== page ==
Later, without her knowing it, she became my crime translation mentor, when I was asked to translate a short story from Ferdinand von Schirach’s Strafe / Punishment for a publisher. His works always make copious reference to the German legal system, legal procedure and German law, and Anthea’s prior translation of courtroom drama The Collini Case was a hugely helpful and reassuring guide as I worked to get those details right.

A bit blurry, but here we all are after the 2015 Waterstones Piccadilly event. Anthea is seated in the centre.

Glancing through the list of titles above, I see there are a few I haven’t yet read. I’m intrigued by The Dark Side of Love (set in Syria) and by the sheep detectives of Three Bags Full – and look forward to enjoying Anthea’s talents and skills once more.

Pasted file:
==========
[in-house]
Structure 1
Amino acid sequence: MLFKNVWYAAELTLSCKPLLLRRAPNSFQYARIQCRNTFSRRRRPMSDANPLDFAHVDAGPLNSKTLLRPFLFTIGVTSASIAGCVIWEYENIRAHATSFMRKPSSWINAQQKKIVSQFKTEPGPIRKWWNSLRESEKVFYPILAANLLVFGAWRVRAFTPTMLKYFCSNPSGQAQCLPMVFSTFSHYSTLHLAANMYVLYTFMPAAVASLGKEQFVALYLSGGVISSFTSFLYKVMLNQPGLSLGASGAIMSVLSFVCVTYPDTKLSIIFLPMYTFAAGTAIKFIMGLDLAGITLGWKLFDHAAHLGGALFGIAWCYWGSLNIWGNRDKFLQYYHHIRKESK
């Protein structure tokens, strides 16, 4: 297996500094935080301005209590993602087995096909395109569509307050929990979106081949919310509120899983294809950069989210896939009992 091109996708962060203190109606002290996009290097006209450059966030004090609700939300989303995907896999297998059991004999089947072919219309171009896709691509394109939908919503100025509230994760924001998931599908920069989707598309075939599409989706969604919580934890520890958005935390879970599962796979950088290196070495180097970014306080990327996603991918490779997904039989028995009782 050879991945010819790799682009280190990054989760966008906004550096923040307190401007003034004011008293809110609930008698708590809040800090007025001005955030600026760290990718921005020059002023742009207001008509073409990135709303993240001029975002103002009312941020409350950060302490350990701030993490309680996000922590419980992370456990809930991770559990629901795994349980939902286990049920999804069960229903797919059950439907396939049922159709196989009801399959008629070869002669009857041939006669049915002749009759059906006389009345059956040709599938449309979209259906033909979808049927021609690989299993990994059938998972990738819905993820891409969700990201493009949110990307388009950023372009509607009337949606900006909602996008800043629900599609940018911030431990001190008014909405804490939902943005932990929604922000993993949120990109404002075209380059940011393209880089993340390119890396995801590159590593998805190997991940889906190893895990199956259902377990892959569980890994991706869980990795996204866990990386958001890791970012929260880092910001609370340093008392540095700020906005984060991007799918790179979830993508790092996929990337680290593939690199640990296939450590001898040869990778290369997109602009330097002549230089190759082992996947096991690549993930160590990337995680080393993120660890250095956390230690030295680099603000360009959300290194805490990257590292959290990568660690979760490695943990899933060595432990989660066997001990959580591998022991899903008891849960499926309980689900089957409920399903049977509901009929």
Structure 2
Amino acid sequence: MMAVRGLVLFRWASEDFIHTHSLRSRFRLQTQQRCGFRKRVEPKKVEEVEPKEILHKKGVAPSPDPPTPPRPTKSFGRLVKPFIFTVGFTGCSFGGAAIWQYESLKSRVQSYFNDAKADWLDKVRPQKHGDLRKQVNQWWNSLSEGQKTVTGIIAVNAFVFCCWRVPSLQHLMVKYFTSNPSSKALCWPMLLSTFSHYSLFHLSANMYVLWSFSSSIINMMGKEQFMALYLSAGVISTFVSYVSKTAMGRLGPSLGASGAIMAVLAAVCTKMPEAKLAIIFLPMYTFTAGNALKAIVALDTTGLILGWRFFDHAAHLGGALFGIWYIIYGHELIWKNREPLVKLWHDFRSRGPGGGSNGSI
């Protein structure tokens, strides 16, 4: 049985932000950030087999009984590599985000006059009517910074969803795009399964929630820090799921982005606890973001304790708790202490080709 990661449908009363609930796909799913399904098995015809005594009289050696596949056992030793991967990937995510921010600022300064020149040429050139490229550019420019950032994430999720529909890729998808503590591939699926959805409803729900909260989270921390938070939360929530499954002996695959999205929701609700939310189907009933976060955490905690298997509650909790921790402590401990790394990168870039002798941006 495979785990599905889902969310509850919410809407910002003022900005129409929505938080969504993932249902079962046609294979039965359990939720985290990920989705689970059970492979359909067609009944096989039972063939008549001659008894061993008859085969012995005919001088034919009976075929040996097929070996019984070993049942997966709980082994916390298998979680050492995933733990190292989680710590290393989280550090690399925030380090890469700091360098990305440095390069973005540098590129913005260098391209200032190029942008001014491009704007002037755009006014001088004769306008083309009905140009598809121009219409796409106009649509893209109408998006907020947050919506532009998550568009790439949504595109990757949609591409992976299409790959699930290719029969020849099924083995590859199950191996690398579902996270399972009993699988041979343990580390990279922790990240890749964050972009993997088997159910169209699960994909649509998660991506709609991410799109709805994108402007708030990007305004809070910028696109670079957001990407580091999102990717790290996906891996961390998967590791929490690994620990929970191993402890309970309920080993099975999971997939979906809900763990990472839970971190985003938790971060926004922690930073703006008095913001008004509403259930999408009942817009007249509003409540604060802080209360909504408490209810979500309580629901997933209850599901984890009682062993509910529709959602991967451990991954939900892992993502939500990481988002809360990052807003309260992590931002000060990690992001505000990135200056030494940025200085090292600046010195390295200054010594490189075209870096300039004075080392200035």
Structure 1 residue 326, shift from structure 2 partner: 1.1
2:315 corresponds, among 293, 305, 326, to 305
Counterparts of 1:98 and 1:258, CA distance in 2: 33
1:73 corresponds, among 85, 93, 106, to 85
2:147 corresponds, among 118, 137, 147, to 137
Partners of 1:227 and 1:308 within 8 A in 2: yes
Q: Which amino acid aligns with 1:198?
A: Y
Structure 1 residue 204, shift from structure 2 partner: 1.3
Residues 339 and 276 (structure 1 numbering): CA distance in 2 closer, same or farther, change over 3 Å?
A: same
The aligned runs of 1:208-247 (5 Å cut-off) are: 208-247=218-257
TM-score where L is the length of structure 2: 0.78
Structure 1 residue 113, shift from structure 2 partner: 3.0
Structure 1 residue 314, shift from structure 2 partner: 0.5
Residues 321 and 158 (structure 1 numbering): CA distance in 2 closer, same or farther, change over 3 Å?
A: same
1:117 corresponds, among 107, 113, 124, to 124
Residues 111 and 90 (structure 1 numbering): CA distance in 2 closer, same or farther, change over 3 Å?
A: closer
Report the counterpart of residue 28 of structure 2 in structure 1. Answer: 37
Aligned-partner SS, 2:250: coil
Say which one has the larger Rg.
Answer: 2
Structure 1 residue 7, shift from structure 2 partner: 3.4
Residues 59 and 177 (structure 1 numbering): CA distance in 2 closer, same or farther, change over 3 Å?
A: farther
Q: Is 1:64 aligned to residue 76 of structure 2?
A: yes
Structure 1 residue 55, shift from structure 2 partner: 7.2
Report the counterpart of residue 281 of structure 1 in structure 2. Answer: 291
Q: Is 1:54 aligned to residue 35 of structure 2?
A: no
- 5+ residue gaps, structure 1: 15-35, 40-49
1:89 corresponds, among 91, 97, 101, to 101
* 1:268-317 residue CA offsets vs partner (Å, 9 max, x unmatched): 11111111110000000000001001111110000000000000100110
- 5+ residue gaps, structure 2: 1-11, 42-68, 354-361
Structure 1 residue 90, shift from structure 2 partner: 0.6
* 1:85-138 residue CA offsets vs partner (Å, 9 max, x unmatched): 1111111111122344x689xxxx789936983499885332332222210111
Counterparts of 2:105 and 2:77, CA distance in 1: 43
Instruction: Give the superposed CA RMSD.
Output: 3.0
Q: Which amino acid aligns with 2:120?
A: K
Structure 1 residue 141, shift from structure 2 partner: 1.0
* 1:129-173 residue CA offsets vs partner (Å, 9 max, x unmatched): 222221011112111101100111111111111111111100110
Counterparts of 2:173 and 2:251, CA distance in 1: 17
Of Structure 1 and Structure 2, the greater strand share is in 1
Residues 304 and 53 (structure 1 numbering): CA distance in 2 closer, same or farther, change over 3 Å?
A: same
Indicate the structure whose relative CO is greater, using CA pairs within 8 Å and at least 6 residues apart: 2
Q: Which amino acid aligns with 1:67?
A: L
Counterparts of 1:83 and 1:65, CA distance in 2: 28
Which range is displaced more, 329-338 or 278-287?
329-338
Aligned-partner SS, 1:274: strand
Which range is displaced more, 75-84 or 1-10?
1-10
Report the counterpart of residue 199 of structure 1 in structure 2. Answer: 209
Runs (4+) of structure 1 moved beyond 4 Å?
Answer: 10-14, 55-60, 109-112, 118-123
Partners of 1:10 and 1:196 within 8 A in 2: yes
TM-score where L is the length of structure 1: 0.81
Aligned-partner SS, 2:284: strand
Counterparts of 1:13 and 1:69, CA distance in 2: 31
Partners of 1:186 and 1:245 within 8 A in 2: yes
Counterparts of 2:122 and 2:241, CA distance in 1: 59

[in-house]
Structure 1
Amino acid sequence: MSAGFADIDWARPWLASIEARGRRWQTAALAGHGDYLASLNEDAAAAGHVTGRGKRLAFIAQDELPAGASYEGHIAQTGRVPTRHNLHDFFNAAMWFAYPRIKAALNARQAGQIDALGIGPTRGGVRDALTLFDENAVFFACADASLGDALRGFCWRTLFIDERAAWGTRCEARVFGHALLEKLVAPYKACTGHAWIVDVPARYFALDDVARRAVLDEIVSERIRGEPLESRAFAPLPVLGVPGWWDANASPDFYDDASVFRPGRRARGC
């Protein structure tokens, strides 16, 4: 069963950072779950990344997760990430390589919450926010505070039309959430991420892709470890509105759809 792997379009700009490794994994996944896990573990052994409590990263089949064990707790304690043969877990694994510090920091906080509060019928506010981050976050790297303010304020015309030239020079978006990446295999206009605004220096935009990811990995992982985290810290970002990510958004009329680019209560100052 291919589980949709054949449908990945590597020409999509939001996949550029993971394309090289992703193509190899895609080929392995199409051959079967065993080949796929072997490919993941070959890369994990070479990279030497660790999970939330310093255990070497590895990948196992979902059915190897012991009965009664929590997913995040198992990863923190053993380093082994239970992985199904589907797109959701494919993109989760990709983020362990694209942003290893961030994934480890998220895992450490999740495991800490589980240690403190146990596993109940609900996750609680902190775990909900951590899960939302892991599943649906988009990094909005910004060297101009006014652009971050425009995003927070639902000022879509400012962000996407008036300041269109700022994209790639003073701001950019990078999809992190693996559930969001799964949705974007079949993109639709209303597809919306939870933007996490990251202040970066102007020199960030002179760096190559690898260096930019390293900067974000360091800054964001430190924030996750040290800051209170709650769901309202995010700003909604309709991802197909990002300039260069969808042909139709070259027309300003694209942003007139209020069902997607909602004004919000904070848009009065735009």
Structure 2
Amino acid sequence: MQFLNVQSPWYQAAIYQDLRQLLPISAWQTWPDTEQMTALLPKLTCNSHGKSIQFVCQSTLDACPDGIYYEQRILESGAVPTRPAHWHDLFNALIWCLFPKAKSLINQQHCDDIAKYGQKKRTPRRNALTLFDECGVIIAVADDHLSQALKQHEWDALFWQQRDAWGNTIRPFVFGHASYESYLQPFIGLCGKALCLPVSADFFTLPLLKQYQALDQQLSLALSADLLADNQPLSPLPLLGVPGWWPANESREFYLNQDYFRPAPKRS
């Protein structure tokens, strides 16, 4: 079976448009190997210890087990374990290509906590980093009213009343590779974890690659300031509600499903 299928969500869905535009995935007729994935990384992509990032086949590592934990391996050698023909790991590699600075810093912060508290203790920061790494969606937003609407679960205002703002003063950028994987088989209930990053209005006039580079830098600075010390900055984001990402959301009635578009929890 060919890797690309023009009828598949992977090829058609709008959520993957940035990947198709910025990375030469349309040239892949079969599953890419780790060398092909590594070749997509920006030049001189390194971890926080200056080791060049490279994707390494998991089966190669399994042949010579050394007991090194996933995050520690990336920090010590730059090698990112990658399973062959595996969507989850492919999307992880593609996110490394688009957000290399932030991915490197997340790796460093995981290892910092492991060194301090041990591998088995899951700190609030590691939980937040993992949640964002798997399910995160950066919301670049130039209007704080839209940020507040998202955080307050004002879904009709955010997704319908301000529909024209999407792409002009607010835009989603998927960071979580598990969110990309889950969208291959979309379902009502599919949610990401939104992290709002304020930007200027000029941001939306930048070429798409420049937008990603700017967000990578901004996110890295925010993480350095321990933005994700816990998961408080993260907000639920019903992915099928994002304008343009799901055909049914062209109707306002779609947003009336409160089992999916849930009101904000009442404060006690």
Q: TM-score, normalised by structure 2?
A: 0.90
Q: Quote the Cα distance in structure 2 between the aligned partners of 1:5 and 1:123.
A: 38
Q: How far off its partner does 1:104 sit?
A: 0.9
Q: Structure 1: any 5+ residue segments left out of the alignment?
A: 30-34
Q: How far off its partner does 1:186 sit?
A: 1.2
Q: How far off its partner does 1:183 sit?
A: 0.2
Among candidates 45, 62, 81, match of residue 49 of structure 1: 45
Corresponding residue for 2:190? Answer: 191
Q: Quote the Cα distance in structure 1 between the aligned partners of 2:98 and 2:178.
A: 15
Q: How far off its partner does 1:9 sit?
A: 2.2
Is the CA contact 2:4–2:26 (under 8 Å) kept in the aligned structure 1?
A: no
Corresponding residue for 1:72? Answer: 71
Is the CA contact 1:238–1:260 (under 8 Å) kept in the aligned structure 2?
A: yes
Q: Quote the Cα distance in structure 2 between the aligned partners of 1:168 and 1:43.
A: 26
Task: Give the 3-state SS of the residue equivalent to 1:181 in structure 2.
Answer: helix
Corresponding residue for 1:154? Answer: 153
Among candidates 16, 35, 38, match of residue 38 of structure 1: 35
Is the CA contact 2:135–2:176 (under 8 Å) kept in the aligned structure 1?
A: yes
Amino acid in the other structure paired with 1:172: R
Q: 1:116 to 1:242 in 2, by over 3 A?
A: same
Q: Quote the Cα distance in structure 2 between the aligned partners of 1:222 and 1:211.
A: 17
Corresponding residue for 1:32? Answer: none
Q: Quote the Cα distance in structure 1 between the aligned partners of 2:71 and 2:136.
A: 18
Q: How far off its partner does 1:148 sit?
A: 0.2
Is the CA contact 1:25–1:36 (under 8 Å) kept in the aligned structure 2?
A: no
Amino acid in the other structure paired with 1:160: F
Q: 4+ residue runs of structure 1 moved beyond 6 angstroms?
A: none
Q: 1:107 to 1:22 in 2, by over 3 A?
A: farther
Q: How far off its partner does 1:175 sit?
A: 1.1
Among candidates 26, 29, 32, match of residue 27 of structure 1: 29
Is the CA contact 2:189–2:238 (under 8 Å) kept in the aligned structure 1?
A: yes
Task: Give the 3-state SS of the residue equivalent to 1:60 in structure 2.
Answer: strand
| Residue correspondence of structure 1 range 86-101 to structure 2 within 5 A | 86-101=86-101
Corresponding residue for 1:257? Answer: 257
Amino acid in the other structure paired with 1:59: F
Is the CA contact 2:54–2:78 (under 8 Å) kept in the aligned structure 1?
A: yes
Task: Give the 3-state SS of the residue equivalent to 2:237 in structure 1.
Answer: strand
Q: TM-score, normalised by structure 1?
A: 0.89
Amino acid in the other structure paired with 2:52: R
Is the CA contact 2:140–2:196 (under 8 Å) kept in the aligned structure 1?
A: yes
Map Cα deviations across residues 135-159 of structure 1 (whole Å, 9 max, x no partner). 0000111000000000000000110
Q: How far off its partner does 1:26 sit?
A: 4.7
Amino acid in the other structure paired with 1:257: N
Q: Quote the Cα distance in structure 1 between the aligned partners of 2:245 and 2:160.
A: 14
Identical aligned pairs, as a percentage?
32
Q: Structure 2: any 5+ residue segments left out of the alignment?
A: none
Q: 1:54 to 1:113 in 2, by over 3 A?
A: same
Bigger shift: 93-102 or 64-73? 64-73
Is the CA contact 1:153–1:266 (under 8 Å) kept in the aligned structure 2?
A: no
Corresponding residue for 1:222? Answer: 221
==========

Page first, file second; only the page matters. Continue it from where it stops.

There’s a lovely interview with Anthea Bell here, conducted by fellow translator Ruth Martin for New Books in German, to mark Anthea’s 80th birthday.

Tribute posted on Twitter by Anthea Bell’s son Oliver Kamm

14 thoughts on “Anthea Bell (1936-2018): doyenne of German crime translation

  1. A lovely photo and reminded me of a great night. Anthea’s intellect and knowledge shone through and I only met her once. Thanks Mrs P. X

    • It really was a lovely evening, wasn’t it? And I totally agree – it was an absolute pleasure to spend some time in Anthea’s company and to hear her contributions to the discussion. She had a great intellectual curiosity and interest in people – wonderful xxx